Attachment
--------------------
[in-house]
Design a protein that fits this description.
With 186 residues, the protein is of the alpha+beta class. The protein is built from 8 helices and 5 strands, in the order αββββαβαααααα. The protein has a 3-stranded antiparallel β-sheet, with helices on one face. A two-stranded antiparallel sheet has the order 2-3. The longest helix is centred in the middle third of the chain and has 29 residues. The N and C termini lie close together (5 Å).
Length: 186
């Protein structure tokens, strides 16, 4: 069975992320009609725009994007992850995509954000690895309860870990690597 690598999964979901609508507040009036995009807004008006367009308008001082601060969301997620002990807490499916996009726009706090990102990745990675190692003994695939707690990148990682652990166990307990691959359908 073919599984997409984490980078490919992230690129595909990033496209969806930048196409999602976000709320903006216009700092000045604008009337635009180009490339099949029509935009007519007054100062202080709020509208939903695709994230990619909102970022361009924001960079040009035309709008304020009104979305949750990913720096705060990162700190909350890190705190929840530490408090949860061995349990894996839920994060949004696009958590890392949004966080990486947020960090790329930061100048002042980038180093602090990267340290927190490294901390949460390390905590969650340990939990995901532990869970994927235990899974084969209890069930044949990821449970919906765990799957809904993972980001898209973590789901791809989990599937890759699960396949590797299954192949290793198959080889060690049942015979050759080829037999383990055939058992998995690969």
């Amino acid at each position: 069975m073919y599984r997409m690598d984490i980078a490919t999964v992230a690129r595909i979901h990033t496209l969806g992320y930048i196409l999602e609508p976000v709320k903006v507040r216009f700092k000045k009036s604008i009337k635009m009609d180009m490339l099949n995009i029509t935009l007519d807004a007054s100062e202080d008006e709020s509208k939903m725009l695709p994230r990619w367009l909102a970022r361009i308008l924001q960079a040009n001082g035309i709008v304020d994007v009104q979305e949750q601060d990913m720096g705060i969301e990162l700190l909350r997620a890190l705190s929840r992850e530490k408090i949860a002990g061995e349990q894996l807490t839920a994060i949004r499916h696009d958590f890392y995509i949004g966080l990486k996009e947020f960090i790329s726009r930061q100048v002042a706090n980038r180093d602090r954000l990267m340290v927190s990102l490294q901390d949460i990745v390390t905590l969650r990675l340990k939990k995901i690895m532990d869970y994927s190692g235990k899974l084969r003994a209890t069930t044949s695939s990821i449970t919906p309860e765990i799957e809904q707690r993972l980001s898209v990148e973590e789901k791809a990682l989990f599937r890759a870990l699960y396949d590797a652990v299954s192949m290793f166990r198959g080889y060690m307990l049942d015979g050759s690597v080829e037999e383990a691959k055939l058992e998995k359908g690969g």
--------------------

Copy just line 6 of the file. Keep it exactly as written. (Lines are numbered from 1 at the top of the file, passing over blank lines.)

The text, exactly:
């Amino acid at each position: 069975m073919y599984r997409m690598d984490i980078a490919t999964v992230a690129r595909i979901h990033t496209l969806g992320y930048i196409l999602e609508p976000v709320k903006v507040r216009f700092k000045k009036s604008i009337k635009m009609d180009m490339l099949n995009i029509t935009l007519d807004a007054s100062e202080d008006e709020s509208k939903m725009l695709p994230r990619w367009l909102a970022r361009i308008l924001q960079a040009n001082g035309i709008v304020d994007v009104q979305e949750q601060d990913m720096g705060i969301e990162l700190l909350r997620a890190l705190s929840r992850e530490k408090i949860a002990g061995e349990q894996l807490t839920a994060i949004r499916h696009d958590f890392y995509i949004g966080l990486k996009e947020f960090i790329s726009r930061q100048v002042a706090n980038r180093d602090r954000l990267m340290v927190s990102l490294q901390d949460i990745v390390t905590l969650r990675l340990k939990k995901i690895m532990d869970y994927s190692g235990k899974l084969r003994a209890t069930t044949s695939s990821i449970t919906p309860e765990i799957e809904q707690r993972l980001s898209v990148e973590e789901k791809a990682l989990f599937r890759a870990l699960y396949d590797a652990v299954s192949m290793f166990r198959g080889y060690m307990l049942d015979g050759s690597v080829e037999e383990a691959k055939l058992e998995k359908g690969g």